How to Prepare: Brands, Social Media and the Holidays

How to Prepare: Brands, Social Media and the Holidays

Ah, to be in customer service at holiday time—really the first line of customer experience and brand reputation. In high school or college you may have taken a retail job during the holidays and stood for hours behind a cash register, ringing out lines of Black Friday shoppers. And seeing that frenzy firsthand just may have prepared you (or deterred you) for a career in communications. 

Social media managers and brand representatives currently sit as those front-line communicators for many organizations. For some industries like retail, travel and food holiday time can be the busiest—fueling questions about canceled flights, turkey recipes, or what to do when the hot toy is out of stock. Jamie Gilpin, CMO, Sprout Social, says social media has become the preferred channel of communication during the season for many customers. 

“As we enter the holiday season, brands can expect to see18% more social messagescompared to non-holiday months,” Gilpin says. “This increase in expected customer care messages and requests across social platforms presents a unique challenge—and opportunity—for brands and social media managers.”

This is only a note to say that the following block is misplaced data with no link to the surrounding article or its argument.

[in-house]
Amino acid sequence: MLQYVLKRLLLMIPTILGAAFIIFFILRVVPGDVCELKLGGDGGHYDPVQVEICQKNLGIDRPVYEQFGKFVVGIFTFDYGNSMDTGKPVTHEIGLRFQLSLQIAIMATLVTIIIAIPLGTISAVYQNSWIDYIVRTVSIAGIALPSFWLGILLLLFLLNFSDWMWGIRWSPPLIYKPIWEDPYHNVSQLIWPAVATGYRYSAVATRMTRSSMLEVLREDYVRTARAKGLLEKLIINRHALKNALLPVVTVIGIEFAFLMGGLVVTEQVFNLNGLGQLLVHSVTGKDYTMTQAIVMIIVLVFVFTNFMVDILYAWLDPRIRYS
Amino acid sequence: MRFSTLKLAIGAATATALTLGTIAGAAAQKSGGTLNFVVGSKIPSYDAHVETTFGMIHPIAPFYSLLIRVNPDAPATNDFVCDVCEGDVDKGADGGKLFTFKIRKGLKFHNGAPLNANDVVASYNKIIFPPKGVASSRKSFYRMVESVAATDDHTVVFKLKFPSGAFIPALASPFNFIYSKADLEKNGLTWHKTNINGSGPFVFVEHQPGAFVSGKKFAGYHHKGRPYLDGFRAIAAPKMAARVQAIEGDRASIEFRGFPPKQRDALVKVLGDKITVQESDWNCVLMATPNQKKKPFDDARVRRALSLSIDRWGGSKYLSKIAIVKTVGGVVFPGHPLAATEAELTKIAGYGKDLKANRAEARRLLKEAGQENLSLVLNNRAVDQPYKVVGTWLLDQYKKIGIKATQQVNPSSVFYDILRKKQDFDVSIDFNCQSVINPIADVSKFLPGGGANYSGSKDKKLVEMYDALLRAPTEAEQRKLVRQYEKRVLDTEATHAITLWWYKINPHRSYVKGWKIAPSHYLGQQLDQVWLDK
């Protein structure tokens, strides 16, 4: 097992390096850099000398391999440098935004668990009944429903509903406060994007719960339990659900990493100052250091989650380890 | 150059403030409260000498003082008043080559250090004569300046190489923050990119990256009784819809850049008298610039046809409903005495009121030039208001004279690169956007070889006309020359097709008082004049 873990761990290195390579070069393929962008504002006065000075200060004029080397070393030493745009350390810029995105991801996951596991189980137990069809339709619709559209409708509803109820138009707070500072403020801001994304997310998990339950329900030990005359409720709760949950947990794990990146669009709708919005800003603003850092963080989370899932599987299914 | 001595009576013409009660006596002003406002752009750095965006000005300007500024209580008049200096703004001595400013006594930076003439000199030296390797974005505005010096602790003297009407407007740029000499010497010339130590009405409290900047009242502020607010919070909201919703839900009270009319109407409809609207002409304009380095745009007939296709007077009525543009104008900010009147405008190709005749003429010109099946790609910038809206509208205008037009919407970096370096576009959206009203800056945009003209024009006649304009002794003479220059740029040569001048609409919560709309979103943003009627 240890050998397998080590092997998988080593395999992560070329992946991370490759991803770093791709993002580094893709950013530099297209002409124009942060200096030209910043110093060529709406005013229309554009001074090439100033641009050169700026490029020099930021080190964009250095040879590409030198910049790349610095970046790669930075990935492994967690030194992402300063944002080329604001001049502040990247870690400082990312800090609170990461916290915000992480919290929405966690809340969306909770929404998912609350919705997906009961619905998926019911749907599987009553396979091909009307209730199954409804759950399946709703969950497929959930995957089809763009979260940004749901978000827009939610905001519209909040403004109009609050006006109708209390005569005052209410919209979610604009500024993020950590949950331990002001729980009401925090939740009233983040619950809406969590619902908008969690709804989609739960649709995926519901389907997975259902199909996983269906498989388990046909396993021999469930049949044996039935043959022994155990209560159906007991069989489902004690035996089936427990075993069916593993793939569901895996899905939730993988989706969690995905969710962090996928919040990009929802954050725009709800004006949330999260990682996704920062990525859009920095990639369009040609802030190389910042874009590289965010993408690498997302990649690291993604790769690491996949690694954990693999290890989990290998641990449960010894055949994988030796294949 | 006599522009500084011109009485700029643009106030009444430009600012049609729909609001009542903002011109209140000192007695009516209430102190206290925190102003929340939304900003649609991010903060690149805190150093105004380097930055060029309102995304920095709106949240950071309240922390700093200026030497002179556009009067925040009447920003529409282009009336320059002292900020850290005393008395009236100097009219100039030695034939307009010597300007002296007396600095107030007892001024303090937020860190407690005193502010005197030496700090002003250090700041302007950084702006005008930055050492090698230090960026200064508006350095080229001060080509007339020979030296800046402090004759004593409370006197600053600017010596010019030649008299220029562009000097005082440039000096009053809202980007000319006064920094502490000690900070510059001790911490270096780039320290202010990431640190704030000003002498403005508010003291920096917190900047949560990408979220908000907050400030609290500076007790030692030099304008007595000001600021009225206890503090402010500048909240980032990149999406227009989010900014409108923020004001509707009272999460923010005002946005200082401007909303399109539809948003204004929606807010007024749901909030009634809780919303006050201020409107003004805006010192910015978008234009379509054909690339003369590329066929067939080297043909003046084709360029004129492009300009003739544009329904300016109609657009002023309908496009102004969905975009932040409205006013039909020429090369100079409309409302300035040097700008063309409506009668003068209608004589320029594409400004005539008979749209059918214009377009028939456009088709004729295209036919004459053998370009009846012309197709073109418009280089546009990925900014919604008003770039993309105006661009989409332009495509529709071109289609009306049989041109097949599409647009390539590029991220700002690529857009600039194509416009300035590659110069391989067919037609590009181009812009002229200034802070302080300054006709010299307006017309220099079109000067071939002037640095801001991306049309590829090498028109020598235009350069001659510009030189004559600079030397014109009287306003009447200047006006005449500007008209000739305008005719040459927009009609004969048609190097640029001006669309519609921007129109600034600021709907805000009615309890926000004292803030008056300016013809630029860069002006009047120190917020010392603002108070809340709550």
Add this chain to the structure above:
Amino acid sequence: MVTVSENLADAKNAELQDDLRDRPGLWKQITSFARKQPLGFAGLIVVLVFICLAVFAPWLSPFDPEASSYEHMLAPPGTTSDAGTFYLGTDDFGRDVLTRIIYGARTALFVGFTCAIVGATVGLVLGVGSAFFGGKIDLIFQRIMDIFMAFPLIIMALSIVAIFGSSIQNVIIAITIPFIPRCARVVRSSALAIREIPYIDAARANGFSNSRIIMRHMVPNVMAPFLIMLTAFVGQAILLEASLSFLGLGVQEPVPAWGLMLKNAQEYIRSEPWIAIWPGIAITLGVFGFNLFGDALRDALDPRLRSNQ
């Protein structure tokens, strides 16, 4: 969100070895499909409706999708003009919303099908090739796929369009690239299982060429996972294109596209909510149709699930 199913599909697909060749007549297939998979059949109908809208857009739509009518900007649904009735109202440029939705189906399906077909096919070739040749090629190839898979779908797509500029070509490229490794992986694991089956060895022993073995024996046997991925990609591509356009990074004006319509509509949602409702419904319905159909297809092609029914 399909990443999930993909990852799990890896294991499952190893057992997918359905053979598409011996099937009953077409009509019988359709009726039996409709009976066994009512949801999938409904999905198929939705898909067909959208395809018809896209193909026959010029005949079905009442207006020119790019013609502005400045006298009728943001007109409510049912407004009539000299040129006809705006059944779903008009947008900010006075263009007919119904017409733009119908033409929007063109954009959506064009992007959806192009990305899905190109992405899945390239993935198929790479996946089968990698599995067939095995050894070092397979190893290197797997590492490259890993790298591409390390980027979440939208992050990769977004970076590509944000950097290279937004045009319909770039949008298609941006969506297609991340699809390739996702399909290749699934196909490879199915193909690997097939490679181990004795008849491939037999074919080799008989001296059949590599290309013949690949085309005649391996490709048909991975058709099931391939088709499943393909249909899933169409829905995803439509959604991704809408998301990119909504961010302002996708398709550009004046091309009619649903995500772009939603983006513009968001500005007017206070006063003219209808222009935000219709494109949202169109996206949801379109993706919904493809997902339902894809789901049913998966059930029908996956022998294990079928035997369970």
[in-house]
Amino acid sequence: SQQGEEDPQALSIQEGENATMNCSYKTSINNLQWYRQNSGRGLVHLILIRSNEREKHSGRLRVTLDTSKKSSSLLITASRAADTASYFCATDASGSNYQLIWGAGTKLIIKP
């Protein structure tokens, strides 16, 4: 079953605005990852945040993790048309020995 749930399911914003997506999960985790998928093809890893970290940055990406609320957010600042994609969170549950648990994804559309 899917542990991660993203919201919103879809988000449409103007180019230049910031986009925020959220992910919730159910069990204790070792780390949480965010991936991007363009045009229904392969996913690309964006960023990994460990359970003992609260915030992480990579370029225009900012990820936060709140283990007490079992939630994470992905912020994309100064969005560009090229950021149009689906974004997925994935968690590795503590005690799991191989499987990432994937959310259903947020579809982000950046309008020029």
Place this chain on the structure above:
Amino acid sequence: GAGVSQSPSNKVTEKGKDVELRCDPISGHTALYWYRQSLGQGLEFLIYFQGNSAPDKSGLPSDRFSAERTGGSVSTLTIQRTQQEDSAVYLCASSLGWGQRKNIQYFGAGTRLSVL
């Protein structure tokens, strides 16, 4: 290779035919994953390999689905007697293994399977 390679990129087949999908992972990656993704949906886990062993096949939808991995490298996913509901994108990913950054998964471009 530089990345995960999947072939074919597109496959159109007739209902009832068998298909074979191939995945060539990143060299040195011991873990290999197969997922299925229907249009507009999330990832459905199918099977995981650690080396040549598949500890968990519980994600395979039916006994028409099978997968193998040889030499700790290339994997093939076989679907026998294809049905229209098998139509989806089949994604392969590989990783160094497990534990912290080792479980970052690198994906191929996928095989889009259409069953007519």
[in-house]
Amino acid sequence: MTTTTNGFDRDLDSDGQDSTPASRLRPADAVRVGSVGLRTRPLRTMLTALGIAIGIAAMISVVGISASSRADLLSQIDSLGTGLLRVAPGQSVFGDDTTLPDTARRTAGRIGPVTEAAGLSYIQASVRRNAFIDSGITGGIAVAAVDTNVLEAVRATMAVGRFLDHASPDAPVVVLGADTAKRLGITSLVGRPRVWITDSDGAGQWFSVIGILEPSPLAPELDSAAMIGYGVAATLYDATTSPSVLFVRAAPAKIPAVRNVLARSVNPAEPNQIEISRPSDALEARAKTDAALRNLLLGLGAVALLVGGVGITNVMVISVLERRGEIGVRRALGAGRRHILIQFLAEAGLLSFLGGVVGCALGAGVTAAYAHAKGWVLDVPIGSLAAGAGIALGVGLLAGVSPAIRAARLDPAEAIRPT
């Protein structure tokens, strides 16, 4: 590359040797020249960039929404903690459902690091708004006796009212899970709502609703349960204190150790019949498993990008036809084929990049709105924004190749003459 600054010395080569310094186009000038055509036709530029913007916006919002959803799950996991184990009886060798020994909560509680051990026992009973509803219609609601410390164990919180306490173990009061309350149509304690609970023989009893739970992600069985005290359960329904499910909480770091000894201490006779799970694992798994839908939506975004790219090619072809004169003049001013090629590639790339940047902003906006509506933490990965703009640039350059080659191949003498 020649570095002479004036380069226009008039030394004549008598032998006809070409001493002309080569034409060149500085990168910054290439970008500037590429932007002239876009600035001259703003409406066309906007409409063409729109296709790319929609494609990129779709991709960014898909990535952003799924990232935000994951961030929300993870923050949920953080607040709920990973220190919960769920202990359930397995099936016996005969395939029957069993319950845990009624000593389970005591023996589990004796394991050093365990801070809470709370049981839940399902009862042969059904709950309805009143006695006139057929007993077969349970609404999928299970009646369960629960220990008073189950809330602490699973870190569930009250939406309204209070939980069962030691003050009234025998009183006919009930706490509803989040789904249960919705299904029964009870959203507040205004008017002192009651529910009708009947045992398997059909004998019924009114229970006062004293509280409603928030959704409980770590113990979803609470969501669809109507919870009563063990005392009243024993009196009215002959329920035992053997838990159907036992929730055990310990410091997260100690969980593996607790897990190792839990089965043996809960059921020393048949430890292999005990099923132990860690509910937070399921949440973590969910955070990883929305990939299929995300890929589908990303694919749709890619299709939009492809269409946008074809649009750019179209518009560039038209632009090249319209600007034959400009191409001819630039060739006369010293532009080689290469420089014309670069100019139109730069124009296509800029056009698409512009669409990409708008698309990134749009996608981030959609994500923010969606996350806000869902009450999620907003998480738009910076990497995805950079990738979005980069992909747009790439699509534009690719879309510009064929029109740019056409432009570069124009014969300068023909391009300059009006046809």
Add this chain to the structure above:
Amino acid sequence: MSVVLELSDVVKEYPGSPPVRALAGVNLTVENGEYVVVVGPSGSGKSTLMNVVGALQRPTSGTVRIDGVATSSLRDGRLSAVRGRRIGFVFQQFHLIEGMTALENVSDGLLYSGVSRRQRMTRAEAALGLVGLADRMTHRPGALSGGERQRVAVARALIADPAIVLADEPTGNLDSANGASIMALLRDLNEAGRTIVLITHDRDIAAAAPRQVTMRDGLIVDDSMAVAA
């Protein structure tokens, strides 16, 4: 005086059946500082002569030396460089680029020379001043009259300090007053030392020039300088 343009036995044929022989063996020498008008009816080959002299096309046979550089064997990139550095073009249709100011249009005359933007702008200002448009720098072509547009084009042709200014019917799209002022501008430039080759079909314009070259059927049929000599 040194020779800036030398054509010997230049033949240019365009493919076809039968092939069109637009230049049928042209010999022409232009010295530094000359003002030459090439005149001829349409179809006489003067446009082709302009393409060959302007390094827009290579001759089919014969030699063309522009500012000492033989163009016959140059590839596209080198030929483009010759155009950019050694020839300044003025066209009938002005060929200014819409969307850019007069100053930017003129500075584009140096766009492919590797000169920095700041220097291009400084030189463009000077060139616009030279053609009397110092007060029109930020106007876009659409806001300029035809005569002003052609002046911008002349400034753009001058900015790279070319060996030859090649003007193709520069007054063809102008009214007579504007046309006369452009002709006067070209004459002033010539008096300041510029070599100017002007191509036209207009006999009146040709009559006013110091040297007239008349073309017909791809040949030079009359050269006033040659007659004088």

PRNEWS talked with several social media communications experts to see how brands can prepare for an onslaught of holiday platform traffic, and also how to proceed if your team goes dark during the holidays. 

Jess Turner, senior community director, 1000heads, juggles multiple clients and brands for the social-driven agency. Her priorities lie in creating strategies well in advance to prepare for any emerging crisis on social media, as well as planning much-needed downtime for her teams. Turner begins by making staffing a priority for holiday coverage. 

“If we are working with a brand that sees a spike in sales or activity during the holidays, our goal is to preemptively staff up ahead of time with a holiday team that can skillfully address a more active community,” she says. “Training is also key here, as you want service to be as high-quality as always, even with a new team and an increased volume of conversation or requests.”

While agency teams are built differently than an in-house brand team, they look at each client independently to conclude, based on trends, if the community will have urgent needs over the holiday period. Being a global agency also helps. 

“It is ideal to find a holiday team that may not celebrate the same holidays (ex. international team for Thanksgiving coverage).”

Emotions can run high during holiday time, and many people may look to expel that energy onto a social media manager or customer service agent. But cooler heads can prevail by preparing those on the front lines ahead for possible hiccups. And in doing so, you may win over your initial enemy. In fact, according to a study by Ledgeview Partners,54% of people had a more favorable view of brandsthat responded to customer service questions or complaints on social media. Just being there means a lot. 

According to Gilpin, companies can successfully handle the increased message volume by “implementing acustomer care plan that follows best practices, such as using social listening to proactively uncover and address customer issues.” Gilpin also recommends  developing pre-approved messages based on frequently asked questions for speedy replies.